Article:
vegetables

Hidden human cost lies within the food on our tables

The hidden human cost within our food is under the spotlight today, Human Rights Day 10 December, with the launch of a major new initiative – It’s Time to Break the Chain– by the University of Hull. Human vending machine installed to illustrate the plight of the estimated 25 million people trapped in forced labour across the world including right here in the UK. While new research reveals consumer appetite for more ethical practices from businesses.

break the chain

'You may choose to look the other way but you can never say again that you did not know.' William Wilberforce, MP

One of Hull’s most famous sons, Wilberforce dedicated most of his life to the movement that led to the abolition of the British slave trade over 200 years ago. His fight for freedom remains as relevant as ever today.

  • Initiative ‘It’s Time to Break the Chain’ launched on Human Rights Day to highlight the plight of the estimated 25 million people trapped in forced labour across the world – including right here in the UK.
  • New study by University of Hull and YouGov reveals confusion around the existence of modern-day slavery despite the fact that practices such as forced labour, labour exploitation and human trafficking occur on a global scale; laying hidden within supply chains to produce many of the world’s goods and services.
  • ‘Human vending machine’, launches initiative to demonstrate the significant risk of exploitative practices that lay hidden within the supply chains of some of our most commonplace household goods.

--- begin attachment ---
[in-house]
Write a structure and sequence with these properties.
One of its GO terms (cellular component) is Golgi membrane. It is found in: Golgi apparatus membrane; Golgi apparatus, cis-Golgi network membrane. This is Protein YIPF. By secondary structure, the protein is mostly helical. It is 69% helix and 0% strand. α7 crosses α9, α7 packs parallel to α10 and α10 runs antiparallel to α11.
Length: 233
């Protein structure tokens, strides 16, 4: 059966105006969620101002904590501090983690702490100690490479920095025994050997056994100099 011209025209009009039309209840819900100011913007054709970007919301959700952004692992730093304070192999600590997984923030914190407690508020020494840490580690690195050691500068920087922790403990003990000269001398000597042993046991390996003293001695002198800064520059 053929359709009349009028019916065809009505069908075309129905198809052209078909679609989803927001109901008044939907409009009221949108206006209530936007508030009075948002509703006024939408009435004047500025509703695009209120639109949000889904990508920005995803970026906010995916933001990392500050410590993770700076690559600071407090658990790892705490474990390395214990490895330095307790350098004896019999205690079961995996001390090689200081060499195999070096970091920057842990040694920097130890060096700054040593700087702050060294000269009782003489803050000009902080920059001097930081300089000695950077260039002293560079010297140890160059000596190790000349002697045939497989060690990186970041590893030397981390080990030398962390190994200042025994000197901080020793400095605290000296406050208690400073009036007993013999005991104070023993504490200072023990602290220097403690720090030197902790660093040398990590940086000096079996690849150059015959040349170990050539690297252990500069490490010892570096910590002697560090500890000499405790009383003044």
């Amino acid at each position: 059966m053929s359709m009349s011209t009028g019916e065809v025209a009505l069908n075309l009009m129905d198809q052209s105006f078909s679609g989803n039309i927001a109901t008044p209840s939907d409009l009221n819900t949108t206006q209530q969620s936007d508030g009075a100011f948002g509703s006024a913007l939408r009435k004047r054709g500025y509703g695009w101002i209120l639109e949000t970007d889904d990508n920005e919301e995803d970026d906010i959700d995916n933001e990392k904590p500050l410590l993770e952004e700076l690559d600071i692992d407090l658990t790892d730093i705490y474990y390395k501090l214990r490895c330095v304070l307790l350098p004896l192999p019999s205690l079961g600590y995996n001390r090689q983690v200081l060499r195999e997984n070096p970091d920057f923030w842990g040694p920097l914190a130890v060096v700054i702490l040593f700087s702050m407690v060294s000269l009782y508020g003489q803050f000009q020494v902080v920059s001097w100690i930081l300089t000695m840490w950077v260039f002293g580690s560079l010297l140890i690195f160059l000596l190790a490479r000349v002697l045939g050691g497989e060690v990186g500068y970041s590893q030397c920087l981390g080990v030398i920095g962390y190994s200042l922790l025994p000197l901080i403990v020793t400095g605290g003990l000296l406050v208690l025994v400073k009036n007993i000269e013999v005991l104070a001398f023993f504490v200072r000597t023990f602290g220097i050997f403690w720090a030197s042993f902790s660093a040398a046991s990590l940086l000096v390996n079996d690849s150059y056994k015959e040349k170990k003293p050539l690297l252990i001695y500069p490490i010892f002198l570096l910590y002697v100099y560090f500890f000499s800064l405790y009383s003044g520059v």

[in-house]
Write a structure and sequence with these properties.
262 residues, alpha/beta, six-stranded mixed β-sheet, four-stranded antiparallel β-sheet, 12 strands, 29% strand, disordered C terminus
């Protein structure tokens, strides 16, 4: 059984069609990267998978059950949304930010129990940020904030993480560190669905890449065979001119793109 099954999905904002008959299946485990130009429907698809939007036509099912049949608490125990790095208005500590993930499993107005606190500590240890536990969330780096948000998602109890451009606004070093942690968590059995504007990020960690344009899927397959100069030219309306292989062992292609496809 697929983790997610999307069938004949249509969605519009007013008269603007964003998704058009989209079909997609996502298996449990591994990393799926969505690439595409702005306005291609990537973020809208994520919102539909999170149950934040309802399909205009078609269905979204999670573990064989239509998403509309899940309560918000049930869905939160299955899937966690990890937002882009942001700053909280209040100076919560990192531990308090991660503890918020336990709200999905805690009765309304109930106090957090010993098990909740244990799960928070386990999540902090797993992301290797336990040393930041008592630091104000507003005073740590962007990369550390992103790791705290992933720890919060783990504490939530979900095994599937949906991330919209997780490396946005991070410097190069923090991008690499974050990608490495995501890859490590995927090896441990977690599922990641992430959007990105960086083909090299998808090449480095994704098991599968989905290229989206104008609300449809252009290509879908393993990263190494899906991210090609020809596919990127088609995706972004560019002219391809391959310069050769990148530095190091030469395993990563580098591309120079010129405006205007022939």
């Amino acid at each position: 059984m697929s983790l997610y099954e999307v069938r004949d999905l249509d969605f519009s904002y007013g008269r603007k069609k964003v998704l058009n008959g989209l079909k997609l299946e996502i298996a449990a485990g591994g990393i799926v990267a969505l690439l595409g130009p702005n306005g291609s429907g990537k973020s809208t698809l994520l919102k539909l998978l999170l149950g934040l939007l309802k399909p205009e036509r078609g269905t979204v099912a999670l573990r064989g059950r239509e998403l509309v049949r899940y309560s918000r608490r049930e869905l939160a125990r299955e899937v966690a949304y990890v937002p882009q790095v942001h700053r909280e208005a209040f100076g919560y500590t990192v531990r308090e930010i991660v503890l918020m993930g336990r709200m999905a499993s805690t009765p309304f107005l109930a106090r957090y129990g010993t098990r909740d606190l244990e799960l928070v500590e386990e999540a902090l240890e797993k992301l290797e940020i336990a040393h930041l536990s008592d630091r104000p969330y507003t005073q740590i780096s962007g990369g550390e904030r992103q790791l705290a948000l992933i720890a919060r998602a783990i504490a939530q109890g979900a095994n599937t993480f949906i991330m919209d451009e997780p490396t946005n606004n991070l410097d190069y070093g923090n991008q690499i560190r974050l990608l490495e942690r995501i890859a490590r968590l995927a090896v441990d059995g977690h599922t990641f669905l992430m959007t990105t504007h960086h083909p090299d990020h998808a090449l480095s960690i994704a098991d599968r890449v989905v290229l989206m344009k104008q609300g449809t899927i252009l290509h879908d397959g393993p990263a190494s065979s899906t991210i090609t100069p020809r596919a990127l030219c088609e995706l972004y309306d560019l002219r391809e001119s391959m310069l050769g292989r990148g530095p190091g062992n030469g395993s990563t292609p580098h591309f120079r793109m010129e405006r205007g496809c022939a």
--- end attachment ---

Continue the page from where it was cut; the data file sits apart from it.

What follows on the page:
• Stocked with everyday food items, the human vending machines illustrates that much of the food items we buy in the UK such as fruit, vegetables, meat, fish and cheese are at high risk of being supplied, at some point in the chain, by forced labour.
  • New online survey from the University of Hull and YouGov reveals over a third (34%) of UK adults are unaware whether modern-day slavery practices such as forced labour and human trafficking are used in the production of fresh foods.
  • 84% of UK adults would be very or fairly concerned if they became aware that modern-day slavery practices were used within the production of the fresh food product(s) they purchased.
  • University of Hull launches initiative to galvanise consumer power and influence companies to combat slavery practices in supply chains across all sectors.
  • 84% of UK adults agree that businesses should ensure that ethical practices are made a priority at every stage of their supply chains.
  • Consumers asked to share #BreakTheChain and influence businesses to take action.

It’s Time to Break the Chain launches with the installation of a ‘human vending machine’, stocked with fresh produce and operated by a person symbolically ‘confined’ within. The human vending machine represents the countless lives that are trapped in forced labour across the world – including here in the UK – highlighting the hidden human cost within our food.

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Cristina Talens is Director of Modern Slavery Risk Assessments at the University of Hull’s Wilberforce Institute and has over 20 years of experience of working on modern slavery, labour exploitation and human rights. She said: